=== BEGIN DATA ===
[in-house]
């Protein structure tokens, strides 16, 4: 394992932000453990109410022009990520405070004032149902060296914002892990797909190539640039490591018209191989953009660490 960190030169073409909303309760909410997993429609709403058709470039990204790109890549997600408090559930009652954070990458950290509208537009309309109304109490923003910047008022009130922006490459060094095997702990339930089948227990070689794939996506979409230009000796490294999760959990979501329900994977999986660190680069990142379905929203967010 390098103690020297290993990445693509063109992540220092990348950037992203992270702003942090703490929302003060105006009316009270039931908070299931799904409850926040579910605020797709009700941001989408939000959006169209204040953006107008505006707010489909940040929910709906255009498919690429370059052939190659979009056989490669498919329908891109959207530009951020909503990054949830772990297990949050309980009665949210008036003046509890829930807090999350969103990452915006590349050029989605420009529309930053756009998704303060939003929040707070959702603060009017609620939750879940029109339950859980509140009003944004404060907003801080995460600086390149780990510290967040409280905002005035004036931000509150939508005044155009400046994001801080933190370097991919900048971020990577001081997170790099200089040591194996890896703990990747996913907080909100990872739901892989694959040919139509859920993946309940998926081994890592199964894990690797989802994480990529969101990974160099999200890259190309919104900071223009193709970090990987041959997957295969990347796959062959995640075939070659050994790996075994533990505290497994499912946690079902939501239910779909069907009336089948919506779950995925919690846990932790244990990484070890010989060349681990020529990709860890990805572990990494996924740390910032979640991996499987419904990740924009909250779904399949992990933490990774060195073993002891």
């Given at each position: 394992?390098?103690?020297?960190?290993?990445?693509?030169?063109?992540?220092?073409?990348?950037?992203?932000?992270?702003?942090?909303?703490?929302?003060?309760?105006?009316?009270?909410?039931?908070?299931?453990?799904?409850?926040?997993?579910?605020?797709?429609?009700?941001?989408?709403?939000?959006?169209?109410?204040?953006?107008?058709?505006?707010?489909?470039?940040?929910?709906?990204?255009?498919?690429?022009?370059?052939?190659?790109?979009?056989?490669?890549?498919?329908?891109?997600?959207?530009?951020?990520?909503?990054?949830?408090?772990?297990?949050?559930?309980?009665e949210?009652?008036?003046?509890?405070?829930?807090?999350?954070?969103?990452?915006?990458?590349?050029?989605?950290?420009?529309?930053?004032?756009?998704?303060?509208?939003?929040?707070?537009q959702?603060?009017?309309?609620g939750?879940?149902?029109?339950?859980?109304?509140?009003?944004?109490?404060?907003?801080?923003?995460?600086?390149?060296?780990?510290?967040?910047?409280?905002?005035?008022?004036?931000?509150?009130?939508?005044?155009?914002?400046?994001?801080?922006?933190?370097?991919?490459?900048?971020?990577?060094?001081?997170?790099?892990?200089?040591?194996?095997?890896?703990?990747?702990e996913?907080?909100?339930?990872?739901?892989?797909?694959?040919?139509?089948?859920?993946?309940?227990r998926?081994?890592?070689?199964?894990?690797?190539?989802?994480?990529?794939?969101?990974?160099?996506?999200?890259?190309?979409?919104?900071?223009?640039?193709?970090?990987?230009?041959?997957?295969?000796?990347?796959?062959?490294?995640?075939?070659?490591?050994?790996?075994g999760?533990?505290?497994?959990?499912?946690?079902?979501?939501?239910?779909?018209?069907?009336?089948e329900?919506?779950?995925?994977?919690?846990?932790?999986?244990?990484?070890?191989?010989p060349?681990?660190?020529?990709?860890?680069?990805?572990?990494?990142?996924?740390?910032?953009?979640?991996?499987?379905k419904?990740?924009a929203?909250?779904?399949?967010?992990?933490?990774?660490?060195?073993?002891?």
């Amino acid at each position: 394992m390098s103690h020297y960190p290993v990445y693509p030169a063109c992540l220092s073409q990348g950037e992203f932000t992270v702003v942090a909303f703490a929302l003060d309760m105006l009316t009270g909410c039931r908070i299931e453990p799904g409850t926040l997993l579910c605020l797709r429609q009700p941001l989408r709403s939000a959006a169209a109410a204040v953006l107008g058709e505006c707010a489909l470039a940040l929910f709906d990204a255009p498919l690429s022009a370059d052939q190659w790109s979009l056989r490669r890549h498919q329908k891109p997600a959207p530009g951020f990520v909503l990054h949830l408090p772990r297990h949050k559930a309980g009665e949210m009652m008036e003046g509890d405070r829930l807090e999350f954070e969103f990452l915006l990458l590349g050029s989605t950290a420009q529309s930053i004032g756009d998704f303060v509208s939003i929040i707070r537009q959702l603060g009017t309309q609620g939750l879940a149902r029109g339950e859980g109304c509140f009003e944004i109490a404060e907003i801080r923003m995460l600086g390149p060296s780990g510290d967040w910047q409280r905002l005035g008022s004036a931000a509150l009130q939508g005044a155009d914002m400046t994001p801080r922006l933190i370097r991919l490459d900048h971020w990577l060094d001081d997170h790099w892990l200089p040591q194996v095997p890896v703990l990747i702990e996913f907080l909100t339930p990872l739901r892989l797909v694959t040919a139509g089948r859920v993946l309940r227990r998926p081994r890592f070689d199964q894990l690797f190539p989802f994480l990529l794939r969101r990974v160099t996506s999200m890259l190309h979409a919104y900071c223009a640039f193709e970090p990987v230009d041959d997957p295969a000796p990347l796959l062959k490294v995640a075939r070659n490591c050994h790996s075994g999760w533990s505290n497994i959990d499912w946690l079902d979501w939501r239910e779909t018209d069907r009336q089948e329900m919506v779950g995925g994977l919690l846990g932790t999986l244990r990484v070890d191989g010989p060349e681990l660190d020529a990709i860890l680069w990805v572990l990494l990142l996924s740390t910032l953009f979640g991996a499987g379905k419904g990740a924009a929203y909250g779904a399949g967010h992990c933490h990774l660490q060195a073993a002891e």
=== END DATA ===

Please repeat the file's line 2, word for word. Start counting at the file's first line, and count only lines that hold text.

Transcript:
């Protein structure tokens, strides 16, 4: 394992932000453990109410022009990520405070004032149902060296914002892990797909190539640039490591018209191989953009660490 960190030169073409909303309760909410997993429609709403058709470039990204790109890549997600408090559930009652954070990458950290509208537009309309109304109490923003910047008022009130922006490459060094095997702990339930089948227990070689794939996506979409230009000796490294999760959990979501329900994977999986660190680069990142379905929203967010 390098103690020297290993990445693509063109992540220092990348950037992203992270702003942090703490929302003060105006009316009270039931908070299931799904409850926040579910605020797709009700941001989408939000959006169209204040953006107008505006707010489909940040929910709906255009498919690429370059052939190659979009056989490669498919329908891109959207530009951020909503990054949830772990297990949050309980009665949210008036003046509890829930807090999350969103990452915006590349050029989605420009529309930053756009998704303060939003929040707070959702603060009017609620939750879940029109339950859980509140009003944004404060907003801080995460600086390149780990510290967040409280905002005035004036931000509150939508005044155009400046994001801080933190370097991919900048971020990577001081997170790099200089040591194996890896703990990747996913907080909100990872739901892989694959040919139509859920993946309940998926081994890592199964894990690797989802994480990529969101990974160099999200890259190309919104900071223009193709970090990987041959997957295969990347796959062959995640075939070659050994790996075994533990505290497994499912946690079902939501239910779909069907009336089948919506779950995925919690846990932790244990990484070890010989060349681990020529990709860890990805572990990494996924740390910032979640991996499987419904990740924009909250779904399949992990933490990774060195073993002891």